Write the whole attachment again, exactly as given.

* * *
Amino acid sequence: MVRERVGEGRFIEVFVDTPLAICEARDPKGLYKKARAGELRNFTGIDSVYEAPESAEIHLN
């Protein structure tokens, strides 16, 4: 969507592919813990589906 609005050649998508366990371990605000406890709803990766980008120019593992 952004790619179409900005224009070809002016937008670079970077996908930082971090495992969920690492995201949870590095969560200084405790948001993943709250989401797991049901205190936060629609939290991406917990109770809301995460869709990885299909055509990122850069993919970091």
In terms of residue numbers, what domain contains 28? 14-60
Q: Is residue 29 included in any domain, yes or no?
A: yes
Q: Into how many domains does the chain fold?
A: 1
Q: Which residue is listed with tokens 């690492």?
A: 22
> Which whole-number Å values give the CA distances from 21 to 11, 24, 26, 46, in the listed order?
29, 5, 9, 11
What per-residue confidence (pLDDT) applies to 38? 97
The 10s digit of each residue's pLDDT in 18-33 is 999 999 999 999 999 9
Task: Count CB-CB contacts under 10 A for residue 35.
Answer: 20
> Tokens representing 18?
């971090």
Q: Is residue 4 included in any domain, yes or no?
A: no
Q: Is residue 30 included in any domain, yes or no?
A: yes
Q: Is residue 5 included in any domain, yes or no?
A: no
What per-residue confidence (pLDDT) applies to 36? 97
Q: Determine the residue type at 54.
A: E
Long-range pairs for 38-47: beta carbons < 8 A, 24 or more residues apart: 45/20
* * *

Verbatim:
Amino acid sequence: MVRERVGEGRFIEVFVDTPLAICEARDPKGLYKKARAGELRNFTGIDSVYEAPESAEIHLN
């Protein structure tokens, strides 16, 4: 969507592919813990589906 609005050649998508366990371990605000406890709803990766980008120019593992 952004790619179409900005224009070809002016937008670079970077996908930082971090495992969920690492995201949870590095969560200084405790948001993943709250989401797991049901205190936060629609939290991406917990109770809301995460869709990885299909055509990122850069993919970091």
In terms of residue numbers, what domain contains 28? 14-60
Q: Is residue 29 included in any domain, yes or no?
A: yes
Q: Into how many domains does the chain fold?
A: 1
Q: Which residue is listed with tokens 């690492």?
A: 22
> Which whole-number Å values give the CA distances from 21 to 11, 24, 26, 46, in the listed order?
29, 5, 9, 11
What per-residue confidence (pLDDT) applies to 38? 97
The 10s digit of each residue's pLDDT in 18-33 is 999 999 999 999 999 9
Task: Count CB-CB contacts under 10 A for residue 35.
Answer: 20
> Tokens representing 18?
């971090």
Q: Is residue 4 included in any domain, yes or no?
A: no
Q: Is residue 30 included in any domain, yes or no?
A: yes
Q: Is residue 5 included in any domain, yes or no?
A: no
What per-residue confidence (pLDDT) applies to 36? 97
Q: Determine the residue type at 54.
A: E
Long-range pairs for 38-47: beta carbons < 8 A, 24 or more residues apart: 45/20